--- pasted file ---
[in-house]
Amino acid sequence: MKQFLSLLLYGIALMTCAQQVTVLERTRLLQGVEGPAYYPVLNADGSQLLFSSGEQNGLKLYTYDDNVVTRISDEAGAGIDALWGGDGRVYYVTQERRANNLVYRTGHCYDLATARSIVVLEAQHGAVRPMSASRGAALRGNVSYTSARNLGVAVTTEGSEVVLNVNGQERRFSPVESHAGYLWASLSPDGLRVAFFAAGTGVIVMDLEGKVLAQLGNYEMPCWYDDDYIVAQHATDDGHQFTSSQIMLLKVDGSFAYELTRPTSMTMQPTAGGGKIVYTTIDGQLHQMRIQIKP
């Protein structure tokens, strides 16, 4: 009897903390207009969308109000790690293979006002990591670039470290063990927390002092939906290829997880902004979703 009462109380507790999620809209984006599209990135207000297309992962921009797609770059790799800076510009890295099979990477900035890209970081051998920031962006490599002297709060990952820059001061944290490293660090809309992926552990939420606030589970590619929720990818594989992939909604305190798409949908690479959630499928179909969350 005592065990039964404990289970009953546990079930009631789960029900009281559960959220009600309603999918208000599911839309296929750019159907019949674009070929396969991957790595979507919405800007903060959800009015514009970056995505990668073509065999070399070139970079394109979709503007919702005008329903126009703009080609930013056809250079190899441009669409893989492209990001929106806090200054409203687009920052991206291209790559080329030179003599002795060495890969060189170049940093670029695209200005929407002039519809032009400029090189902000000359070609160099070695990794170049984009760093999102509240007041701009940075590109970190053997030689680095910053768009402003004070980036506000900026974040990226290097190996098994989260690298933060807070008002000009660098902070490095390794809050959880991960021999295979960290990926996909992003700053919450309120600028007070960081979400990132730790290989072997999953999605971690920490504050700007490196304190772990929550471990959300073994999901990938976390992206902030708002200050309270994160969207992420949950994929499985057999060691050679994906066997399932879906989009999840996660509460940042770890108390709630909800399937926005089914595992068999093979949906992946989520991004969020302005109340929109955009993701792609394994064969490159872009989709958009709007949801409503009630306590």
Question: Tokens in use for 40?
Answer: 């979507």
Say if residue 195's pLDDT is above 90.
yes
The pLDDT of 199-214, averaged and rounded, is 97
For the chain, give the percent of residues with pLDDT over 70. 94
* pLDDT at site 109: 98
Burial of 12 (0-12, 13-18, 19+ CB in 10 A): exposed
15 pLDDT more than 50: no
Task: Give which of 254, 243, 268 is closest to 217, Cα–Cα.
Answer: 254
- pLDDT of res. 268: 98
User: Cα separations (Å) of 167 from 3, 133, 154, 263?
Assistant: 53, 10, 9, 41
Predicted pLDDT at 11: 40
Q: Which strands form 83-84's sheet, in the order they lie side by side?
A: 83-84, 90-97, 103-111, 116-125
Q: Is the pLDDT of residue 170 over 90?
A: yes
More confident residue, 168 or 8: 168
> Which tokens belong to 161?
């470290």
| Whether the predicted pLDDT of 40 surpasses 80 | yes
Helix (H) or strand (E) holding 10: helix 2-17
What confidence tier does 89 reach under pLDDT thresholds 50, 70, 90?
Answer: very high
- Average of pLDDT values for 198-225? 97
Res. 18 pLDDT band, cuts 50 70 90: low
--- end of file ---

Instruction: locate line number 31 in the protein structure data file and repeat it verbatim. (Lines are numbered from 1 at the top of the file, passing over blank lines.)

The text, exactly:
Res. 18 pLDDT band, cuts 50 70 90: low